Director – Joe Carnahan
Starring – Liam Neeson, Bradley Cooper, Patrick Wilson, Quinton Jackson, Sharlto Copely, Jessica Biel, Gerald McRaney, Brian Bloom, Henry Czerny, John Hamm
Written by – Joe Carnahan, Brian Bloom, Skip Woods
Of course I avoided The A-Team this summer when it came out, and I am still glad I didn’t take the time to see it in the theater. If I had ignored seeing the extended edition on DVD, I may never have known it, but I would have missed something worth watching. There is a definite attention in this film to little things, like plot. More than that, however, there is attention to that which every red-blooded American male desires to be part of: big, mindless, action.
Everyone knows the story, a team of four wrongfully convicted, looking to clear their name. Starting with their coming together in a mission gone awry (is there any other?) in Mexico, we see the advent of the mixture of chaos and coördinated effortlessness that was the trademark of the original series. Instead of shooting millions of bullets and missing everybody, however, they shoot half a million, hit a few people (trying to stay PG-13) and let people die.
I have to be honest and disclose that I really hated the original show. I thought the characters stretched believability to the extreme. I could handle the screwball action. I knew TV would not allow much more than what we saw there. The characters, however, were badly drawn and not any better acted (except the great one note Mr. T). I loved a lot of Stephen J. Cannell shows, like Adam-12, Hardcastle and McCormick, The Greatest American Hero, Riptide and one of my all time favorites, The Rockford Files.
Miracle of miracles, however, the producers of the film, including Ridley and Tony Scott, found Joe Carnahan and his writing partner, Brian Bloom along with Skip Woods. After initially flirting with the idea of John Singleton to direct and Ice Cube to play B.A. Baracus. While that would have been interesting, what resulted was very solid, if not spectacular.
This version gives the team real growth on-screen. While it’s only a semblance of depth, it counts for something. The team moves from Mexico eight years forward and 80 successful missions, leading to being in Iraq just before the pullout from Bush’s war. The team is led into an impossible mission at the suggestion of a CIA Special Agent “Lynch” (Wilson) and their General Morrison (McRaney). They are successful in their mission, but immediately ambushed by Bloom’s mercenary force upon their return. This gets them arrested tried and wrongfully convicted.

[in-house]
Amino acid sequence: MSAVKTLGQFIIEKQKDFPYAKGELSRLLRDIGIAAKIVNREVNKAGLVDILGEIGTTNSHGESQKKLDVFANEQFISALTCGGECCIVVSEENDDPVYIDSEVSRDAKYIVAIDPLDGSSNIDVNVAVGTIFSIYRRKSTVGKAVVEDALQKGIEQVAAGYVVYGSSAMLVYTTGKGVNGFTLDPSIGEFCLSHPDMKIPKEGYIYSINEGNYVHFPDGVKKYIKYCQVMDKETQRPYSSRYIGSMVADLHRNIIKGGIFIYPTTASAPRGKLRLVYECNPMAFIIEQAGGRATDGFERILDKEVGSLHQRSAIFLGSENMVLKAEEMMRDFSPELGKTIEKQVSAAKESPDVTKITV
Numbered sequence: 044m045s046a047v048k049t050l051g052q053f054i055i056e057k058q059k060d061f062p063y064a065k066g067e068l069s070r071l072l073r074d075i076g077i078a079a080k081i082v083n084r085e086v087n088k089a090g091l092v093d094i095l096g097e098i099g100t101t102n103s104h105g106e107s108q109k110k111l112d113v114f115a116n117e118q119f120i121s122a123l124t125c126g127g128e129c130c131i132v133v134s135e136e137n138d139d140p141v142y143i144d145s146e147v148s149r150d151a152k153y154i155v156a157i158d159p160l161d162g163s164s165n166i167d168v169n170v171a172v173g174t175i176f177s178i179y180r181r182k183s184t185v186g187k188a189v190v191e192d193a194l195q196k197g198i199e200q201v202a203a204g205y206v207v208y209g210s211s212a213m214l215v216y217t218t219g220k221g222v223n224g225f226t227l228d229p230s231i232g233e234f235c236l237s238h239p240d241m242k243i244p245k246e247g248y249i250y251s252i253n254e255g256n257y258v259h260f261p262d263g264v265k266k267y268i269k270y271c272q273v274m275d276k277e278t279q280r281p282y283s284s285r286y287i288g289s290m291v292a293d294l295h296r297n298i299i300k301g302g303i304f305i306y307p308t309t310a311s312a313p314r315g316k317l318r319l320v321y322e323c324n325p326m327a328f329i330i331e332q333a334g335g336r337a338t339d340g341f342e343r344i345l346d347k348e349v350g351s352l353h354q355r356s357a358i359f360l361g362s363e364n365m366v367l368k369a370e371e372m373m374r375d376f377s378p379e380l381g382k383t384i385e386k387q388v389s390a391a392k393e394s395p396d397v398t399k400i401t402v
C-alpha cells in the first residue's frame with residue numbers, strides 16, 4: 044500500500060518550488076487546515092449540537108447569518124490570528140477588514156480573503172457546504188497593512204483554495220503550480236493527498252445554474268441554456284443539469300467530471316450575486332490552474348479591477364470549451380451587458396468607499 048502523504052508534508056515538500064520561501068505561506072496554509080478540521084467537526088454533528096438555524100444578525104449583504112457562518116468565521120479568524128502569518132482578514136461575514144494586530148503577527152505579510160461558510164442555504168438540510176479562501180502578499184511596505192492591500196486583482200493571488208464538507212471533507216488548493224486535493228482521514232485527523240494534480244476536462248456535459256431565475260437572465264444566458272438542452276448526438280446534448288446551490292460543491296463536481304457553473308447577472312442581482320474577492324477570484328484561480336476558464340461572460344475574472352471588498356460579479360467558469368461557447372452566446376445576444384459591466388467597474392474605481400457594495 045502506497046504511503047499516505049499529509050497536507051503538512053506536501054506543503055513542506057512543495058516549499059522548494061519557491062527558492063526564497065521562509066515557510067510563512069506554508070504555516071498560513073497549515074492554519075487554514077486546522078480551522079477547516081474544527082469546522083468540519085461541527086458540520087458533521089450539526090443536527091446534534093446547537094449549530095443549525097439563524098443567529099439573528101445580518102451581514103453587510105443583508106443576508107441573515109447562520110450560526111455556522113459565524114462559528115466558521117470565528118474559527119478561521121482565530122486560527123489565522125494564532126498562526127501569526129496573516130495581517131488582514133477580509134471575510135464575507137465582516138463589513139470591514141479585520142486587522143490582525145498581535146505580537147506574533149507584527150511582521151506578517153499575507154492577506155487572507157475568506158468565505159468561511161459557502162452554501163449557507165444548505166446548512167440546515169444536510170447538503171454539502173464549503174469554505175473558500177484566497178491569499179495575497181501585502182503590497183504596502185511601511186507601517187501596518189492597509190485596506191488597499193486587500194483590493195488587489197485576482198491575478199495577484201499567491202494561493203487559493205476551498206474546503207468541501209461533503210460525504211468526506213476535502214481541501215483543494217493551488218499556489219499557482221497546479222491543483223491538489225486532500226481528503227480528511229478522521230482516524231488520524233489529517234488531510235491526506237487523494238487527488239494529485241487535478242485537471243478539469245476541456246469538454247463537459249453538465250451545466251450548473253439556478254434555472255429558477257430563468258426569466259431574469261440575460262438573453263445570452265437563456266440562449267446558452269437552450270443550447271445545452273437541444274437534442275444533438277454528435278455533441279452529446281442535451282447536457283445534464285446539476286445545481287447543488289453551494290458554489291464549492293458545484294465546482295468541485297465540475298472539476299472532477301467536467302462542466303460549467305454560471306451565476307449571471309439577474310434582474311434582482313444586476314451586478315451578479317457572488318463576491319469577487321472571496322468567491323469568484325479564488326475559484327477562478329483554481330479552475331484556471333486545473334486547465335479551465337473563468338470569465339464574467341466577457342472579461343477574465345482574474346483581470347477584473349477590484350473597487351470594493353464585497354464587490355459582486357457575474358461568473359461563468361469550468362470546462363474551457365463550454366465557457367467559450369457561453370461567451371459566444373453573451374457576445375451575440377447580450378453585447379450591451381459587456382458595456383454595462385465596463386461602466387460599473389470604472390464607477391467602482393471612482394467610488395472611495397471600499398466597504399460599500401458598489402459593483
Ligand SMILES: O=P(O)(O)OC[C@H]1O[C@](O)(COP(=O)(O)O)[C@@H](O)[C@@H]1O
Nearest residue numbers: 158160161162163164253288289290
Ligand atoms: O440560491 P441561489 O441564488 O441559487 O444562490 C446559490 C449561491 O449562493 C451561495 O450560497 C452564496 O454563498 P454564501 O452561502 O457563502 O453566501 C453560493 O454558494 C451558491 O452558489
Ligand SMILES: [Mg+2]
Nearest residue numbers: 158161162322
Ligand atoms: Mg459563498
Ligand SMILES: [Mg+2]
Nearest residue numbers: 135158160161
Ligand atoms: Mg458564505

That the movie takes it’s subject matter more seriously than the TV show was a good move by the producers. Still, they are not so serious that it becomes an unintentional joke. This movie is over the top, but not in the Sylvester Stallone kind of way. None of the actors are shown to be supermen, and the bad guys have some teeth. The special effects scenes pay tribute to and still blow the TV show out of the water. Carnahan knows how to play big, while still packing a lunch box.
Some other improvements in the movie version:
- Sharlto Copely as Murdock. They took a mostly worthless character in the original and salvaged any of his potential
value with the wonderful lead from District 9. His timing is better and his performance is much more organic.
- B.A.’s decision to become a pacifist would have been a little hammy had it not been for Quinton Jackson’s humble performance. No one could have replaced Mr. T., and it is good that they did not really try.
Bradley Cooper as Face is a much more energetic character than was Dirk Benedict. The smarm is still there, but it is married to a much more intense and passionate person. He was fun to watch.
- Neeson as Hannibal makes it a true 4 person team. Peppard was more of a mascot, physically unable to match anyone with any presence on the screen. His awful wig aside, it’s nice to see that he can mix it up a bit.
- Bloom and Wilson make great antagonists, smugly confident, intimidating and resilient. The scene in the limo is funny and gives a manic intensity needed for well drawn bad guys.
- The characters really seem to absorb the hits and bad falls. Baracas fall of some 20 feet should have been painful, and it looks so.
- The aerial scenes are played efficiently, hiding the digital camera work with timely cuts. The flying tank scene is absolutely astounding. I haven’t seen anything that corny in concept pulled out so believably, and comically.
- The dock scene is almost a bridge too far, but it looked good enough because again, Carnahan moves the action along without lingering, but not giving you epilepsy with a thousand quick cuts.
The movie is predictable, but it tries to be clever enough. Jessica Biel is average as the straight-laced cop, always there just a few seconds late. The A-Team is a touch above average, but well worth your time on a Saturday evening with the family.
(*** out of *****)